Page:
MAGNUM PS

Magnus Paajarvi had a solid rookie season in 10-11, but was lost in the flood last season. For Paajarvi, getting back to his 15-goal rookie pace has a lot to do with confidence and getting the bounces.

In a recent article for hockeysverige by Ola Winther, Paajarvi details his season–what went wrong, and what he did about it. Math tells us Paajarvi wasn’t getting the bounces, especially in terms of NHL shooting percentage:

  • 10-11 season: Shots on goal/percentage: 180/8.3% (Boxcars: 80gp, 15-19-34)
  • 11-12 season: Shots on goal/percentage: 79/2.5% (Boxcars: 41gp, 2-6-8)

Paajarvi’s shooting percentages in his SEL career (19 goals on 263 shots, 7.2%) and his time in OKC (7 goals on 100 shots, 7%) suggests we’re not looking at Jordan Eberle. However, his 2.5% shooting percentage in the NHL in 11-12 would appear to be confirmation of the player’s  suggestion that he wasn’t getting the bounces:

  • Paajarvi: "What was the big difference was simply that the pucks did not want to bounce my way in the crucial positions. It locked up mentally and it’s something I take from this season, it’s how incredibly important the mental part is."

At times in 11-12 Paajarvi looked like he had lost his confidence and was not driving to the net as we’d seen him in 10-11. This can happen and certainly his lack of playing time and a specific role early in the season must have had an impact. It’s interesting to hear new coach Ralph Krueger emphasize players knowing their role as a key component for next year’s squad.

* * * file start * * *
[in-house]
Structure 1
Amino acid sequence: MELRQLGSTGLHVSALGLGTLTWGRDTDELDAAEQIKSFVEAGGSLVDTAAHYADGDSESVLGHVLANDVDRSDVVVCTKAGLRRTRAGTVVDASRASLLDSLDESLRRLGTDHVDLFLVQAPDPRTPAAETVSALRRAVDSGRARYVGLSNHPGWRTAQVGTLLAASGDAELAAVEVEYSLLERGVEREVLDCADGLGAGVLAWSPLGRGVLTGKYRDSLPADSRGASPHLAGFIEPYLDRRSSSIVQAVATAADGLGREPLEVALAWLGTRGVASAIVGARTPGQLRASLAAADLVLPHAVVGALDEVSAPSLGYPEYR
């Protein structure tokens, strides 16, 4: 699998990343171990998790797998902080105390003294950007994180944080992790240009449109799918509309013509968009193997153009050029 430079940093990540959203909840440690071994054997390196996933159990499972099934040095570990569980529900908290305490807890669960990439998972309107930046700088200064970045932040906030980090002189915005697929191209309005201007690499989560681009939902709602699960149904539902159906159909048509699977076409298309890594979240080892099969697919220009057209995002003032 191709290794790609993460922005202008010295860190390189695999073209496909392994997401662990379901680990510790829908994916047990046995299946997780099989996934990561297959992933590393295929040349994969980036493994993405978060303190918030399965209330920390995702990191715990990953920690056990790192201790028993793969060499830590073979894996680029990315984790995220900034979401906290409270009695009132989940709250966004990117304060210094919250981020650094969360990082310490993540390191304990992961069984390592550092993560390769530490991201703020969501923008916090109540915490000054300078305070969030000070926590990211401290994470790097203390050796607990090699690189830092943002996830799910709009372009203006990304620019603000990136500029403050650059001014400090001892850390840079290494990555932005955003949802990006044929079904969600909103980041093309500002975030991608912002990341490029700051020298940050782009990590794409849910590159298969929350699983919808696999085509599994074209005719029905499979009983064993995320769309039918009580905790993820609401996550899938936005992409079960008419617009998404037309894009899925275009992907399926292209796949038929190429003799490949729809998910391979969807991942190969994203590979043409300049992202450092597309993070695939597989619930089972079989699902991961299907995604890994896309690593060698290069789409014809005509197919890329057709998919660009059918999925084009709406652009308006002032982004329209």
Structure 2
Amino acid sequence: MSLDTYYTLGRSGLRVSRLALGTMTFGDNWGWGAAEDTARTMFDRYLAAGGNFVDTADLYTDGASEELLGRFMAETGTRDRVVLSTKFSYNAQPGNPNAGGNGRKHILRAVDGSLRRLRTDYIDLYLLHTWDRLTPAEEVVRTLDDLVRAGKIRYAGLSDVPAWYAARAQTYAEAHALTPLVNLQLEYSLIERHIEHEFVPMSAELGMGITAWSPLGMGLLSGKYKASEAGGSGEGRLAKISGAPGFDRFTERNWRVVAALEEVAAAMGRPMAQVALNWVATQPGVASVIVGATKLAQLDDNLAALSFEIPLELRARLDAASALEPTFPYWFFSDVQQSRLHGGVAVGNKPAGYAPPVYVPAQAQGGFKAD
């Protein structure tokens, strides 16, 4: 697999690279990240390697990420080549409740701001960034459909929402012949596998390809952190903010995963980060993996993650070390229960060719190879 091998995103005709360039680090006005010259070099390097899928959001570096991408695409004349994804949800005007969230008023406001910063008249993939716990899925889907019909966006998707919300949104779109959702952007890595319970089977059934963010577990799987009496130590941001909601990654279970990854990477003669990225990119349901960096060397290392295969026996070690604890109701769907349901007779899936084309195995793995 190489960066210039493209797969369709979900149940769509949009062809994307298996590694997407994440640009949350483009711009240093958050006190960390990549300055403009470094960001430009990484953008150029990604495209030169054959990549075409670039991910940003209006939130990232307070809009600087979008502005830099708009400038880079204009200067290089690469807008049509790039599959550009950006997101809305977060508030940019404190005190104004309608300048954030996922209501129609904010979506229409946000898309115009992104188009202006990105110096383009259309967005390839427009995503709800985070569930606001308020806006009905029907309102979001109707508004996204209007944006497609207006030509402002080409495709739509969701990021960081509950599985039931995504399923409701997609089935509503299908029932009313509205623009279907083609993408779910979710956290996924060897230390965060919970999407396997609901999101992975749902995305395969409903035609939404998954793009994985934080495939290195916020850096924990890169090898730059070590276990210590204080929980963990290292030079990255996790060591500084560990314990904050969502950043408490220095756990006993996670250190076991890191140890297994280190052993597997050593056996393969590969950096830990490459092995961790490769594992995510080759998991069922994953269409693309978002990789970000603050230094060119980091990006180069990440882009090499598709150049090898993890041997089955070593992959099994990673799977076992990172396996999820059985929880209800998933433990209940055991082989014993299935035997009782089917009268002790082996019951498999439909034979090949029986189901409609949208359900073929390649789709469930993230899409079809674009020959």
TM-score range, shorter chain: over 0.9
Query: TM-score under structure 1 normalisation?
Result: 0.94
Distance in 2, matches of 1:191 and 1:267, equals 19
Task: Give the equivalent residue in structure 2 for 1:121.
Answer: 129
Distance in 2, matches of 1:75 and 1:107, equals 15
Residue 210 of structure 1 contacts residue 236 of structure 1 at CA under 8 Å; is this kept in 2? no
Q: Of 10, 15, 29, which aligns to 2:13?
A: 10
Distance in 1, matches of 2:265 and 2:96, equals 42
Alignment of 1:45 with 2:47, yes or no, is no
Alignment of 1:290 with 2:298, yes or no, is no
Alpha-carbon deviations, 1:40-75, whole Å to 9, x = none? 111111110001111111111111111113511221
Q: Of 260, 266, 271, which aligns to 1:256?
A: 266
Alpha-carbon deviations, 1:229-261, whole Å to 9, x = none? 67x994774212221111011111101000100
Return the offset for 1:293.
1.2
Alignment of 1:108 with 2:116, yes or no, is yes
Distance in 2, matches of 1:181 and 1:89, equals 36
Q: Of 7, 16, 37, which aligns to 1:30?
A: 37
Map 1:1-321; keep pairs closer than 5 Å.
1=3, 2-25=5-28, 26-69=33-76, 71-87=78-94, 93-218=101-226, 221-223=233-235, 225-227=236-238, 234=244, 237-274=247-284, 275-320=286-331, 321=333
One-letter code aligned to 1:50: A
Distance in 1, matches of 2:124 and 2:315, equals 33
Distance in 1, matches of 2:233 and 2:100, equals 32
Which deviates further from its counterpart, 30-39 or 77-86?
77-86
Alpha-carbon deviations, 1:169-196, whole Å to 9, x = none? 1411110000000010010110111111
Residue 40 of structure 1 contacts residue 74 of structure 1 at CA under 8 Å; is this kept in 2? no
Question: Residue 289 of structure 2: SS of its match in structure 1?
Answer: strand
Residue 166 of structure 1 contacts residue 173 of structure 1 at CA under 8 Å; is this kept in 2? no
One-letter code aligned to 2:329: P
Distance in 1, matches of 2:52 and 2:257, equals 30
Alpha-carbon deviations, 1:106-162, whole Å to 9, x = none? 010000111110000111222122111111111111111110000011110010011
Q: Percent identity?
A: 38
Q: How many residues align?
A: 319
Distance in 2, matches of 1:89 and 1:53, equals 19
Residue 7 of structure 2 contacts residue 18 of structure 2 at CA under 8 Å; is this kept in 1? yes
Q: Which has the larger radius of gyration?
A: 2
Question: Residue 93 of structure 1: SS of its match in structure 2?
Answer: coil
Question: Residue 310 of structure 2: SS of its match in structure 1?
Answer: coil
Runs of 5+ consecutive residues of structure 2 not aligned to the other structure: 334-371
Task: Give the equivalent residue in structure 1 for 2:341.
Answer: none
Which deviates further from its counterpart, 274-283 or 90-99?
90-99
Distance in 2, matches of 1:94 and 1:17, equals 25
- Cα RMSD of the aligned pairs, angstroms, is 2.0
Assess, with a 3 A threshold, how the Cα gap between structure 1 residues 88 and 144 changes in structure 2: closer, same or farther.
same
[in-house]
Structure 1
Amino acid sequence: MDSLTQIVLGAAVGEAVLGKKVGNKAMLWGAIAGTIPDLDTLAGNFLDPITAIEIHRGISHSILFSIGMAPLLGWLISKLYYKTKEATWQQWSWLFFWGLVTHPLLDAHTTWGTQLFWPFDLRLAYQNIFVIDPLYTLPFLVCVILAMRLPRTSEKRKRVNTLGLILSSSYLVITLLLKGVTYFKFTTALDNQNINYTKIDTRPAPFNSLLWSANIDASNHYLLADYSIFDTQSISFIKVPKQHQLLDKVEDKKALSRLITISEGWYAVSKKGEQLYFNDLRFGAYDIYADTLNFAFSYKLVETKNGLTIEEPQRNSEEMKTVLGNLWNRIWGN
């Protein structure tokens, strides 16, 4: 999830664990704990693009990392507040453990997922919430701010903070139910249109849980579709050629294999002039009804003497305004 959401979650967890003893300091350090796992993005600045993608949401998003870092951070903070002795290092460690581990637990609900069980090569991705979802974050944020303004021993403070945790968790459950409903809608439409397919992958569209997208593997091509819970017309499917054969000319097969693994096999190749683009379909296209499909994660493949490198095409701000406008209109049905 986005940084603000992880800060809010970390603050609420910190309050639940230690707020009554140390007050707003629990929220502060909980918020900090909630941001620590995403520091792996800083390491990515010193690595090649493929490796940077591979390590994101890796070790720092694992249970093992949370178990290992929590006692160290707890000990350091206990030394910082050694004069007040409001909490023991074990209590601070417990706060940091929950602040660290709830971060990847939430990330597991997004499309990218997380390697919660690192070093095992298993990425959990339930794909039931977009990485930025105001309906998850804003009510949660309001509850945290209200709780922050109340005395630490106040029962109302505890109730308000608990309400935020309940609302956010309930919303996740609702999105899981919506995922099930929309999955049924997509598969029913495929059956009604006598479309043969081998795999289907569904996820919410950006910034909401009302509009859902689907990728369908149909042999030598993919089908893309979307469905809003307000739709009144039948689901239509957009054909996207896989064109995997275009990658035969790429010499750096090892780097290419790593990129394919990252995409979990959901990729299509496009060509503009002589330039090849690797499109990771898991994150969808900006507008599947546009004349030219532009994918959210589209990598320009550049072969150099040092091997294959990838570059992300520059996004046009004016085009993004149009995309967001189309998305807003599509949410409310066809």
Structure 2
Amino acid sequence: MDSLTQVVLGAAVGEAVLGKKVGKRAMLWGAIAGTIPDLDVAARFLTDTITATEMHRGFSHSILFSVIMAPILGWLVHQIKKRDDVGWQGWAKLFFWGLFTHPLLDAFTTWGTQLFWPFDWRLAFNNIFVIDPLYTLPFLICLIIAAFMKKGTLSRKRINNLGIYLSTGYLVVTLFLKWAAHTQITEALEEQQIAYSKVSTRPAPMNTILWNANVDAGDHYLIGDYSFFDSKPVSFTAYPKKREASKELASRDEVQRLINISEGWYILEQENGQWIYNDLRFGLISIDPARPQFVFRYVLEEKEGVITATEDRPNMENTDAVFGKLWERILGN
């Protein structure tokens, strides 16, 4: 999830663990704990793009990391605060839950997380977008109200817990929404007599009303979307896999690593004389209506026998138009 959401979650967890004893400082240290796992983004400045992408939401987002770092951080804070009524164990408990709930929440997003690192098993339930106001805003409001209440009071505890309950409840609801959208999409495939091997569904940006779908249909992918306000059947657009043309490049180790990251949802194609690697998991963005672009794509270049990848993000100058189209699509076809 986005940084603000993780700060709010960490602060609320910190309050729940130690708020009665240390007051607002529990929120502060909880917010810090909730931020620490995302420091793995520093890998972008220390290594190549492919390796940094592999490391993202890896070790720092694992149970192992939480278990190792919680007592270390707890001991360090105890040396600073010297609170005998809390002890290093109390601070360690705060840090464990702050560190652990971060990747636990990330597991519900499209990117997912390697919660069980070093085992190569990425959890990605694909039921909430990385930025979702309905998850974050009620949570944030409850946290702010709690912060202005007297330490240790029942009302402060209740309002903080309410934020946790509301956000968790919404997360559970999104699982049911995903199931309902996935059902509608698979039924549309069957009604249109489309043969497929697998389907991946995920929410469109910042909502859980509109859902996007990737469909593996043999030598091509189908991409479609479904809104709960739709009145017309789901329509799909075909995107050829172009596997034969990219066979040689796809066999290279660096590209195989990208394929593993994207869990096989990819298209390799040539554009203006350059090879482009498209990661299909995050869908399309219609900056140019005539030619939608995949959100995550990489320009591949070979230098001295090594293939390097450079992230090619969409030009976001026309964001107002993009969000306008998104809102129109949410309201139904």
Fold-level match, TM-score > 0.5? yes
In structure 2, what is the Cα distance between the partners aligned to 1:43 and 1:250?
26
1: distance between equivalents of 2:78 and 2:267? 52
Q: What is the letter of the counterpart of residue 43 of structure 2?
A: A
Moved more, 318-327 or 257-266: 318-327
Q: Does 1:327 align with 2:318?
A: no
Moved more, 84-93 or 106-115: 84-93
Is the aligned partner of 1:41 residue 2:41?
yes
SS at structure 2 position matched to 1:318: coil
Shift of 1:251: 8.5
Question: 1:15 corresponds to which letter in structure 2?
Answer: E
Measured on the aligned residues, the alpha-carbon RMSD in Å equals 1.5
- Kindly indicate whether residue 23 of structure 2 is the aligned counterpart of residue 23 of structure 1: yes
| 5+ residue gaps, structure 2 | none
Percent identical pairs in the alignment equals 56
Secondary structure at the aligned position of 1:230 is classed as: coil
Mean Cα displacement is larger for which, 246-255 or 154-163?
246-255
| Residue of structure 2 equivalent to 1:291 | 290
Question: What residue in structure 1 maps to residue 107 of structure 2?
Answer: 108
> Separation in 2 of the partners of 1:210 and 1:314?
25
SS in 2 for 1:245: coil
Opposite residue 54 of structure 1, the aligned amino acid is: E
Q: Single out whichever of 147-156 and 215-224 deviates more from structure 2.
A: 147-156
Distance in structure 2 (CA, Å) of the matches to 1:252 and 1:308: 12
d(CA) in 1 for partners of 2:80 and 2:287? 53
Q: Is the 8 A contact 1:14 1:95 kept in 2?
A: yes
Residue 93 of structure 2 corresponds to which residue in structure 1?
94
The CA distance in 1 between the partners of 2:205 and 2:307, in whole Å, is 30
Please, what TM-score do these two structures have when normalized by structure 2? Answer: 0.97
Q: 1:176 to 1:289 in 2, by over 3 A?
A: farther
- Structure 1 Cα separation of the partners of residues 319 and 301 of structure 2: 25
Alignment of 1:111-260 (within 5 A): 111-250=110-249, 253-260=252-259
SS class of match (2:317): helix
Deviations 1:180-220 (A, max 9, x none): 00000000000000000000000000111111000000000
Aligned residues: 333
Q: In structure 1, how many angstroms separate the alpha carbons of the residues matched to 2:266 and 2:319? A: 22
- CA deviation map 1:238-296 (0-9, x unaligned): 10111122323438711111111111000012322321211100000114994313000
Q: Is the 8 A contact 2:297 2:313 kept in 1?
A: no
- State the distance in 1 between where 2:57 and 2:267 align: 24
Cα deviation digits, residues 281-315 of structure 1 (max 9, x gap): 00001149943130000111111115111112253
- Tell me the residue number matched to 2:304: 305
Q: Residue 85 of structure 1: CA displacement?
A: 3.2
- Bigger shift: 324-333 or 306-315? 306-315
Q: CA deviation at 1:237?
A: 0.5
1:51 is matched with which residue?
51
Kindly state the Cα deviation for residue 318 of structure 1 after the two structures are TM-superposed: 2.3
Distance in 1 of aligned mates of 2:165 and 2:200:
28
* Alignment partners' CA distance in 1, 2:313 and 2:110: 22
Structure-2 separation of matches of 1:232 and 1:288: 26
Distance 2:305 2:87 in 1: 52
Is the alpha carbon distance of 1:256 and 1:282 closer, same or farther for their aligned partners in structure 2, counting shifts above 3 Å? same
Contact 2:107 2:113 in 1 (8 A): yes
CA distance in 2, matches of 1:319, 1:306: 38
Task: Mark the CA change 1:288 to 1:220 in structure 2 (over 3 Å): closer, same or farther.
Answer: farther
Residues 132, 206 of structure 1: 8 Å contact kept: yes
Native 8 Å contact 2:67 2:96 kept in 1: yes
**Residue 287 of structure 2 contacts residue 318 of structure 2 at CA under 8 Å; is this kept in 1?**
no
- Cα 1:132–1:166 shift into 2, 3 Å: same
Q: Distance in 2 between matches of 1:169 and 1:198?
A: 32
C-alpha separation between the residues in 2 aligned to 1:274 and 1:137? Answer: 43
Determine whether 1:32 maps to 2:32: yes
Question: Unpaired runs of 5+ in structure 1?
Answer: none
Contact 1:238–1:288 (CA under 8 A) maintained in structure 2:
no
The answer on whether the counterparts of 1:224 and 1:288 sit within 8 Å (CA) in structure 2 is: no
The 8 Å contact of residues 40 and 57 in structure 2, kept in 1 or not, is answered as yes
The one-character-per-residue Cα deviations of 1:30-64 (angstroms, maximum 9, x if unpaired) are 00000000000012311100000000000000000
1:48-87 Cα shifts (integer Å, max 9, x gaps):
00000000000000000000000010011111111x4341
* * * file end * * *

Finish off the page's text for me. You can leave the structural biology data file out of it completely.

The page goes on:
THE MINORS

A rough start in Paajarvi’s rookie season was met with patience, but in 11-12 coach Renney sent him away for seasoning. Renney had some things going on the top 2 lines and didn’t want to worry over Paajarvi’s development with the good times rolling. The result was a worn down Smyth and a lost season for 91, but Paajarvi managed to find the positive

  • Paajarvi: "I felt that I developed a lot in Oklahoma. I had to take a lot of responsibility and played well in the powerplay that penalty kill.  It gave me a lot and was definitely something that strengthened me."

Paajarvi went 34, 7-18-25 in OKC and regained his game. His playoff performance in the AHL (14gp, 2-9-11) was even more impressive as he finished 2nd in points and led the Barons in assists.

THE FUTURE

Paajarvi is a positive, determined young man who handled a tough season with aplomb. He is very much focused on being an Oiler long term and has nothing but positives to say about the city:

  • Paajarvi: "All are talking hockey here. It’s a great hockey culture. I personally love the city, the fans and everything else here. Once we start winning, I can only imagine how magical it will be."

 

WHAT DOES IT ALL MEAN?

 

Magnus Paajarvi speaks and conducts himself with a maturity that implies a much older player. He took the demotion to Oklahoma City in stride, improved his game and remains determined to get better and make the NHL as a regular on the Edmonton Oilers.

This sort of attitude is refreshing after years of seeing first rounders fail to work on improving their footspeed, or balking at the idea that their talents were best suited to being a modern Guy Carbonneau.

Magnus Paajarvi is proof that in life it isn’t what happens to you–it’s what you do about it after it happens to you.

  • Max Powers - Team HME Evans

    If you extrapolate the numbers – give MPS about 200 shots (2.53 multiplier) that brings him to 5 goals, and then bump his shooting percentage up to 7.5, he’d be on pace for 15 goals.

  • TeddyTurnbuckle

    I’ve had this thought on MPS for a few months now. Can he become a center? He has many things going for him, including speed, defensive awareness, size and hockey knowledge beyond his 21 years of age. Although he may be better suited for the wing, there is a logjam there.

  • TeddyTurnbuckle